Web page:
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What makes a relationship work

What are your thoughts on relationships?

VAH1979 5 Feb 23

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31 comments

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8

Hell if I know. I know what doesn't work...

It is possible to make no mistakes and still lose...

7

ok like @atheist your question caught me short. I am here in part because I haven't learned the answer to that question. Oh, I could sprout lots of sage sounding advice and then doubt your intelligence if you took any notice of me. Sorry.

5

If your partner is. a narcissitist , run away

5

Mutual support in each other's fulfilling their identity, each other's dreams and accomplishments, caring for each other's feelings leaving expression of this always open, being positive and non-competitive, not being critical, accepting each other's quirks, having a meeting of the minds, being affectionate, having each other's back, sharing goals, having lots of fun in bed, laughing a lot, of course, being honest with each other.....It matters that they should be equally intelligent and share interests.

4

I think a successful (by which I mean strong, happy, loving) is a lot of hard work. It can be very difficult adjusting your life to mesh with someone else's. It requires dedication, consideration, respect, and equality. Liking your partner as well as loving them is also important. So are compromise, open-mindedness, and a willingness to really listen and consider the other person's thoughts and feelings. Trust is essential. Above all, it means always remembering that your is the most important person in your life.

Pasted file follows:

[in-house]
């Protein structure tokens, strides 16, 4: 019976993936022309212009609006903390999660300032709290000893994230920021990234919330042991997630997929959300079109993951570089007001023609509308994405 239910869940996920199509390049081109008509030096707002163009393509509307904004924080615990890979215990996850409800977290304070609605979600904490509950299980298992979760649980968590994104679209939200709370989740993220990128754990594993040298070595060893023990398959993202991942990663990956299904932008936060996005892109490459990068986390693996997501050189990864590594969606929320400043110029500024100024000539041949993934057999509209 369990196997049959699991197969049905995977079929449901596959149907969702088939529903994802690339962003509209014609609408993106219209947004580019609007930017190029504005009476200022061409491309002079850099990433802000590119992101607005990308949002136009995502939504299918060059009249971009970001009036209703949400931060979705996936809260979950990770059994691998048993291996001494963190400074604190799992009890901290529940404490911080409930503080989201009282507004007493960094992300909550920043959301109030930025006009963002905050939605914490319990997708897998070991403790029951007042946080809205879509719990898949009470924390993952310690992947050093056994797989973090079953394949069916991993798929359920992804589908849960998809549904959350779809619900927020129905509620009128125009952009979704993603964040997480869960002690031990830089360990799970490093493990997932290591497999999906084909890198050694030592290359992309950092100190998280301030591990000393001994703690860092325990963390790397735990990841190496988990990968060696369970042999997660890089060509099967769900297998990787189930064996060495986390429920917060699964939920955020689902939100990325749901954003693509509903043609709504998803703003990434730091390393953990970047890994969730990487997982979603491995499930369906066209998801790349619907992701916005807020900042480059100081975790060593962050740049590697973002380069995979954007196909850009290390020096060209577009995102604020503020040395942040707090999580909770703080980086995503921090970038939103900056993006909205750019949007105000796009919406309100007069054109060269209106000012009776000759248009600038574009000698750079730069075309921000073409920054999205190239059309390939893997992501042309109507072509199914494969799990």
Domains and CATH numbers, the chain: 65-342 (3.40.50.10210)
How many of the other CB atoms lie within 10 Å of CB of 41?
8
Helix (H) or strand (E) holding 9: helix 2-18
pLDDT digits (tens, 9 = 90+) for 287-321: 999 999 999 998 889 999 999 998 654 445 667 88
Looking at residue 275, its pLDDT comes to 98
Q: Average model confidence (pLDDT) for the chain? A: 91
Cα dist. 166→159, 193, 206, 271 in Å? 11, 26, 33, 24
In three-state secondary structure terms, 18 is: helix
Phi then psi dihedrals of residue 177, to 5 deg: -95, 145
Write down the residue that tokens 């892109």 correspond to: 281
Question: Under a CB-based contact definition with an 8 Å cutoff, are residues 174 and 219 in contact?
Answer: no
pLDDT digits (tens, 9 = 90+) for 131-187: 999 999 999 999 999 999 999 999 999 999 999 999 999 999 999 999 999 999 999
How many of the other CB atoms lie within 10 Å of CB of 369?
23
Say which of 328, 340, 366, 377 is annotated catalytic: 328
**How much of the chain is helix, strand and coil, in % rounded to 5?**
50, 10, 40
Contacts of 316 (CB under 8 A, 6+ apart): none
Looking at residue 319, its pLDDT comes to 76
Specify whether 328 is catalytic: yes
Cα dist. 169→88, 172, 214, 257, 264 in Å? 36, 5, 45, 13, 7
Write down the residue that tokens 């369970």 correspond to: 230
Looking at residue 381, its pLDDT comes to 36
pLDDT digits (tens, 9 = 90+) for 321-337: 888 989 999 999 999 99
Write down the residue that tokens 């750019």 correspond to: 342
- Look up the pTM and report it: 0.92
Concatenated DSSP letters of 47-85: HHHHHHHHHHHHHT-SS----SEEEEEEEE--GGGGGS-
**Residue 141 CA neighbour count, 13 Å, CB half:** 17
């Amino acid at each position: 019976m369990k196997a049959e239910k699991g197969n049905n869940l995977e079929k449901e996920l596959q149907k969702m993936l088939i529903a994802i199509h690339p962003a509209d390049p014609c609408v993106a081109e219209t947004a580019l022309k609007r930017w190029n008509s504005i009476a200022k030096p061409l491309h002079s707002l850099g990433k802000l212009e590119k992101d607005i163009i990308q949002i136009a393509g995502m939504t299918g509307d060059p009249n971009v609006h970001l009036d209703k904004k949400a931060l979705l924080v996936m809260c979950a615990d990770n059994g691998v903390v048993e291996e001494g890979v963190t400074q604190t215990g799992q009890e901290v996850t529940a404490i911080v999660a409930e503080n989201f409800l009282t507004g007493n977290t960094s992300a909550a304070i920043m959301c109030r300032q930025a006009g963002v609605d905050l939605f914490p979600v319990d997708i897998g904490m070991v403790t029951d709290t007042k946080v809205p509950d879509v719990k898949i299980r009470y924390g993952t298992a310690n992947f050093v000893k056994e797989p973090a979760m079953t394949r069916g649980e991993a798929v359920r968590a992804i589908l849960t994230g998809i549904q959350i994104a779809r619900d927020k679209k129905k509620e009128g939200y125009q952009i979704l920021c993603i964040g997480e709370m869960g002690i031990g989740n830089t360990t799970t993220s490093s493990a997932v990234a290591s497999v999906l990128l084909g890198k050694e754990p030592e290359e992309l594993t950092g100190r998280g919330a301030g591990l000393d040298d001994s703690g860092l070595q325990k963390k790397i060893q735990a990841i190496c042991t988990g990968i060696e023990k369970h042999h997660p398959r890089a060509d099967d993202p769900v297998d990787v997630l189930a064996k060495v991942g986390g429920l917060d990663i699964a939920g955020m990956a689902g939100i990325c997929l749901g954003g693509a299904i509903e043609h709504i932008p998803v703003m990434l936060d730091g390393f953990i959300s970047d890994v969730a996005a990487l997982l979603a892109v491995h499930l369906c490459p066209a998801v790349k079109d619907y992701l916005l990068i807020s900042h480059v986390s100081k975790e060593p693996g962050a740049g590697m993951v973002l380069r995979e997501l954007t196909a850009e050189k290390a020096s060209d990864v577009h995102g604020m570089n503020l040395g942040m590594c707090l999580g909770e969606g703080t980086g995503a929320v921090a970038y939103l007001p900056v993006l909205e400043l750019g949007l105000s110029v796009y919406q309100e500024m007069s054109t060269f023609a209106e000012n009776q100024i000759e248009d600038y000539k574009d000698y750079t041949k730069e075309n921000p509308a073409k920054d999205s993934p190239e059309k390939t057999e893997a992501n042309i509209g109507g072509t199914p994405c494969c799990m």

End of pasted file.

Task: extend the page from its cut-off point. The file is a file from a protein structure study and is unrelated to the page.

marga Level 7 Feb 23, 2018

surely you can just choose it to work @marga like choosing cancer or a brain tumour

Should a good relationship really be that much work?

@nvrnuff Good question. I don't know if it should or not, I only know what I've experienced and what I've seen and been told by others.

3

I was going to answer your question but then I realized that all of my romantic relationships have failed. So I'll pass.

If you are more specific, I'll try to answer.

1

Stay single!

1

Time, tolerance and talking things through with the occasional hug and pleasant surprise thrown in.

1

Trust & Magic

1

Never underestimate the raw power of the helicopter dick

1

Going to church and praising god.

0

Having a mutual sensitivity to the other persons ideas ideals, wants, needs ,I don't mean being a doormat, more just considerate of each others profile for living. My partner and I live in the same building but don't live together so if we get to a sticky place its a good time to make a good exit and each sleep on it and do apologies/post mortems later if they are still needed.Lovingkindness I think is a good ideal and to remember why you actually like each other. (But then thats just my recipe I am sure other couples have far more dynamism than we do)

0

I do not think that basic incompatibility can be overcome. Outside of that openness, affection and honesty, tempered with compassion.

0

Distance.

0

No clue. Experts say respect and communication, right?

From observing couples that claim to be happy, there's usually an overbearing jerk with a partner that goes along just to get along. I'm kinda cynical.

0

I think good old give and take and being forgiving enough to be kind & completely honest about what rubs you up the wrong way - Also never let the sun go down on an argument and remember the good parts of your friendship before getting picky with each other . If you can laugh about it all afterwards thats a good sign. I thnk its a good idea to have a talk about having no -go areas about things that perpetually lead you into that 'not talking just sulking space.